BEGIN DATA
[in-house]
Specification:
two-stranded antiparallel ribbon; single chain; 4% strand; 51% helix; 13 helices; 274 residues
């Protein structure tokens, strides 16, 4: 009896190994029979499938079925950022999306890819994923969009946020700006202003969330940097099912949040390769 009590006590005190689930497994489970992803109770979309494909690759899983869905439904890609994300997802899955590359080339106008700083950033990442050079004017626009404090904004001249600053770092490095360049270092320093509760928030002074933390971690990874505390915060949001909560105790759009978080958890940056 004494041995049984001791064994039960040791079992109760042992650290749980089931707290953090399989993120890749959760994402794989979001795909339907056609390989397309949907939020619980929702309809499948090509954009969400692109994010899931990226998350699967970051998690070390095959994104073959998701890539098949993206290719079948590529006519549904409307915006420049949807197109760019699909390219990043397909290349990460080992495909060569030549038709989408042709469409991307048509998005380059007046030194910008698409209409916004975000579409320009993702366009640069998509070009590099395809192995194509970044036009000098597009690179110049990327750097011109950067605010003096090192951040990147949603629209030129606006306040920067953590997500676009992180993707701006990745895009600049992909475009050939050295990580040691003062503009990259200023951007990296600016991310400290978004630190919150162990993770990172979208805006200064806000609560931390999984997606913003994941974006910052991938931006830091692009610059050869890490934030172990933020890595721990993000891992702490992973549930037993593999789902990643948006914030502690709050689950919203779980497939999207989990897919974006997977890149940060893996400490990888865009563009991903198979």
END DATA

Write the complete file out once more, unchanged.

[in-house]
Specification:
two-stranded antiparallel ribbon; single chain; 4% strand; 51% helix; 13 helices; 274 residues
């Protein structure tokens, strides 16, 4: 009896190994029979499938079925950022999306890819994923969009946020700006202003969330940097099912949040390769 009590006590005190689930497994489970992803109770979309494909690759899983869905439904890609994300997802899955590359080339106008700083950033990442050079004017626009404090904004001249600053770092490095360049270092320093509760928030002074933390971690990874505390915060949001909560105790759009978080958890940056 004494041995049984001791064994039960040791079992109760042992650290749980089931707290953090399989993120890749959760994402794989979001795909339907056609390989397309949907939020619980929702309809499948090509954009969400692109994010899931990226998350699967970051998690070390095959994104073959998701890539098949993206290719079948590529006519549904409307915006420049949807197109760019699909390219990043397909290349990460080992495909060569030549038709989408042709469409991307048509998005380059007046030194910008698409209409916004975000579409320009993702366009640069998509070009590099395809192995194509970044036009000098597009690179110049990327750097011109950067605010003096090192951040990147949603629209030129606006306040920067953590997500676009992180993707701006990745895009600049992909475009050939050295990580040691003062503009990259200023951007990296600016991310400290978004630190919150162990993770990172979208805006200064806000609560931390999984997606913003994941974006910052991938931006830091692009610059050869890490934030172990933020890595721990993000891992702490992973549930037993593999789902990643948006914030502690709050689950919203779980497939999207989990897919974006997977890149940060893996400490990888865009563009991903198979």